The House Speaker repeatedly was forced to tell MPs, who had been up all night, to quiet down during the raucous debate.

Air Canada pilots say stress could lead to empty cockpits

Frustrated Air Canada pilots say they may be forced to stay home from stress or look for jobs elsewhere now that back-to-work legislation prevents them from striking amid a labour dispute.

CTV News has been shown several letters pilots have sent to their union, threatening to slow down Air Canada operations in response to Ottawa blocking any strike action.

"I am more than happy to take my skills elsewhere so I can be properly compensated," one pilot wrote.

Others have indicated they will stay home because of stress caused by the bitter contract negotiations. Transport Canada has strict guidelines for determining whether a pilot is fit to fly an aircraft. Pilots who are stressed or fatigued can have legitimate reasons to call in sick.

There are concerns many pilots may do just that this weekend, as Ontarians return in droves from their March Break vacations.

A budget, a leadership race - and a nation split up the middle

The phoney war is over. Nearly a year after the election, the parties it propelled to the fore, the one as majority government, the other as official Opposition, are at last about to engage. Later this month the Conservatives, having spent the past few months tidying up some unfinished business from the last government, will deliver a budget that by all accounts will define the current one. The week before, the NDP will elect a new leader, and in the process define themselves: ideologically, regionally, tonally. Together, the two offer a prism through which to view our politics over the next four years, and the forces that will shape it.

It is clear, first, that natural resources, notably oil, are emerging as the primary fault line in Canadian politics, assuming commodity prices remain at their present, historically high levels. The fundamental question is whether the enormous wealth this represents is an asset to be managed, or a problem to be solved. (It's both, of course, but politics has a way of turning complex questions into binary choices.) The Conservatives have plainly nailed their colours to the mast as the defender of the resource industries, and of the regions that depend upon them.

Tory Arctic ship plan should be sunk; replaced with real icebreakers: senator

OTTAWA - At least $1.4 billion is expected to be carved out of spending at National Defence in the coming fiscal year, but a longtime critic says some politically-motivated programs should not survive Finance Minister Jim Flaherty's budget axe.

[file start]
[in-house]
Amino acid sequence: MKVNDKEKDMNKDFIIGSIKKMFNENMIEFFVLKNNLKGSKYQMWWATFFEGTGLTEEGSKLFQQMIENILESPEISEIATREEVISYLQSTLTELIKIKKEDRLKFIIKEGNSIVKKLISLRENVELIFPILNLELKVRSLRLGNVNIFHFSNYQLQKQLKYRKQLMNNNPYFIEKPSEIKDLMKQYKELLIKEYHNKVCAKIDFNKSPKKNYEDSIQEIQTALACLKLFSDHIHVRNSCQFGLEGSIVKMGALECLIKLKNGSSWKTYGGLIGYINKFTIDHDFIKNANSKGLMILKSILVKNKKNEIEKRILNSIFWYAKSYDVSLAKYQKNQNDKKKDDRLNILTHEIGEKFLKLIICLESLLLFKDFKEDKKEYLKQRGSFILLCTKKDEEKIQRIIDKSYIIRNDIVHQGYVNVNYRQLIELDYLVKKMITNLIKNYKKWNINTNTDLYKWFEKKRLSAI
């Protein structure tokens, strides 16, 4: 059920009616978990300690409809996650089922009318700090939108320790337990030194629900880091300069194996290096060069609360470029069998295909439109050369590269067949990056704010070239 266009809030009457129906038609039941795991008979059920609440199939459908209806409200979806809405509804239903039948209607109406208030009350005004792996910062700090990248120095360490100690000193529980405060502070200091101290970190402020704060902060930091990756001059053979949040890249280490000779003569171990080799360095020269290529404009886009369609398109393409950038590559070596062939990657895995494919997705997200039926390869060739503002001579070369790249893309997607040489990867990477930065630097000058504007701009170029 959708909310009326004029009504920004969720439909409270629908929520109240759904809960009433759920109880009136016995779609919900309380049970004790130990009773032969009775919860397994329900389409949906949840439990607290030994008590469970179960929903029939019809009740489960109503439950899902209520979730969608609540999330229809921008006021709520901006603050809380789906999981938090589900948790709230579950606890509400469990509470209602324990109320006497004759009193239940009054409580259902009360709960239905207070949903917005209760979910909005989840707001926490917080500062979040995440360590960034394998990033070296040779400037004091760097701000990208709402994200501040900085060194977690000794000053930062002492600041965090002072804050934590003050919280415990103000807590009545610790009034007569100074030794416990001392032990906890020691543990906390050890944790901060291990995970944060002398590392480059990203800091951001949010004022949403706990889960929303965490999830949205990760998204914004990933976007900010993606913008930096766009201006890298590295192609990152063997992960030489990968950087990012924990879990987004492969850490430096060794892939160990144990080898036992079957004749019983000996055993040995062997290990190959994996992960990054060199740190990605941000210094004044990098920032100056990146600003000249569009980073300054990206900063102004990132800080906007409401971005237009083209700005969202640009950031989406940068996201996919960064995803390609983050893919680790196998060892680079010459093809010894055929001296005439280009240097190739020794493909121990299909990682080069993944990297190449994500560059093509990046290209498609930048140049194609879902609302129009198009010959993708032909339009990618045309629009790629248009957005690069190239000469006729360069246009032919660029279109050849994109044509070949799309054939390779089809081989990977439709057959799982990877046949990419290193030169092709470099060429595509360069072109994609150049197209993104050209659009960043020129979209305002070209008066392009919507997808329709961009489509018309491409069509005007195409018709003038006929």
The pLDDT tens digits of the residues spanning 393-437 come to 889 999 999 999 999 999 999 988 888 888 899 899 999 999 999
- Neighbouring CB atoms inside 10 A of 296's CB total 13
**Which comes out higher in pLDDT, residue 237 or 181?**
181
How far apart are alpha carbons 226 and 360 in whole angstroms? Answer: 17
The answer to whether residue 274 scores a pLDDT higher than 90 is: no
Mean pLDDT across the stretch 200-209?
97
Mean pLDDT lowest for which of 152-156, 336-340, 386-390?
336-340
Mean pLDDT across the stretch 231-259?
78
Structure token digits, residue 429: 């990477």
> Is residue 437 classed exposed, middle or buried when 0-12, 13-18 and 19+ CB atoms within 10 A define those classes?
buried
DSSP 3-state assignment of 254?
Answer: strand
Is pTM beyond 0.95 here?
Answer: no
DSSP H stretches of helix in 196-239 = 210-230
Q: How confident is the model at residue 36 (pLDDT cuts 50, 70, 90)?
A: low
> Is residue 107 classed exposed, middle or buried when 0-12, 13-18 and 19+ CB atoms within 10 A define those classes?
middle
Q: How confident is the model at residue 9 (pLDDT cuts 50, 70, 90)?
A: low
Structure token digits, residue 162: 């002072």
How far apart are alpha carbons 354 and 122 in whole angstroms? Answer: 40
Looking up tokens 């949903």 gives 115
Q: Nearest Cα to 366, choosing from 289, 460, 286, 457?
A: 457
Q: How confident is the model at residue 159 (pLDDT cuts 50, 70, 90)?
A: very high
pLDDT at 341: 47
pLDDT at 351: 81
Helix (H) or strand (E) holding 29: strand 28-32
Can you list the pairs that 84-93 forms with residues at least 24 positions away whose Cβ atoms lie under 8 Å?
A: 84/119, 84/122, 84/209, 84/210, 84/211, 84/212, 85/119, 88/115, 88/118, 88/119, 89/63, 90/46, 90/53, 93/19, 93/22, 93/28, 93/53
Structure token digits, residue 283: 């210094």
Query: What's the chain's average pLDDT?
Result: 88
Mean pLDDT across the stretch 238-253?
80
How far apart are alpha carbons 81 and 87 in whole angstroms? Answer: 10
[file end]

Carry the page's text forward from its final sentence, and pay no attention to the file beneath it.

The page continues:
The coming March 29 budget is expected to see $19.8 billion set aside for the military, a seven per cent decrease compared with last year's defence spending plan, according to preliminary federal estimates.

And those forecasts do not reflect the five or 10 per cent reductions the Conservatives have asked all federal departments to deliver.

Liberal Senator Colin Kenny, the former chair of the senate defence and security committee, said if the Harper government wants to make appropriate defence cuts it would look at its pet project of Arctic Offshore Patrol Ships.

The $4.3 billion program was established to build between six and eight light naval icebreakers — slated to be the first military vessels constructed in Halifax under the recently announced national shipbuilding plan.

To stop voter deception, start with well informed voters

The poorly named “robo-call” scandal continues apace in Ottawa, the latest development being an ill-timed call for a royal commission by the Interim Liberal Leader, Bob Rae. Perhaps it was just another bit of throwaway dialogue in the political theatre surrounding the issue, but launching a commission of inquiry while Elections Canada is still busy with its investigation is an obvious non-starter.

A more promising development this week was the unanimous, all-party support for a motion giving Elections Canada more powers to, among other things, monitor spending by political parties. That’s a long-standing request from Elections Canada. Whether the proposed amendments will be passed into law remains to be seen, but if this is one of the outcomes of the affair, then that will be its silver lining.

Budget won’t reveal details of PS cuts, Clement says

OTTAWA — Canada’s public servants still won’t know if they’re losing their jobs when the Conservative government unveils its deficit-reduction plan on budget day and may not find out their fate for months.

Treasury Board President Tony Clement acknowledged at the Commons’ government operations committee Wednesday that it may take months for the impact of the March 29 budget cuts to unfold within federal departments, where bureaucrats are braced for up to 30,000 job losses.

Clement said details will be revealed in stages as “accurate” information becomes available between budget day and next fall. He said some details will be provided in the budget and more will be released in the spring and fall when supplementary estimates are released and the two-stage budget implementation act is passed. He said some reductions may not take effect for three years.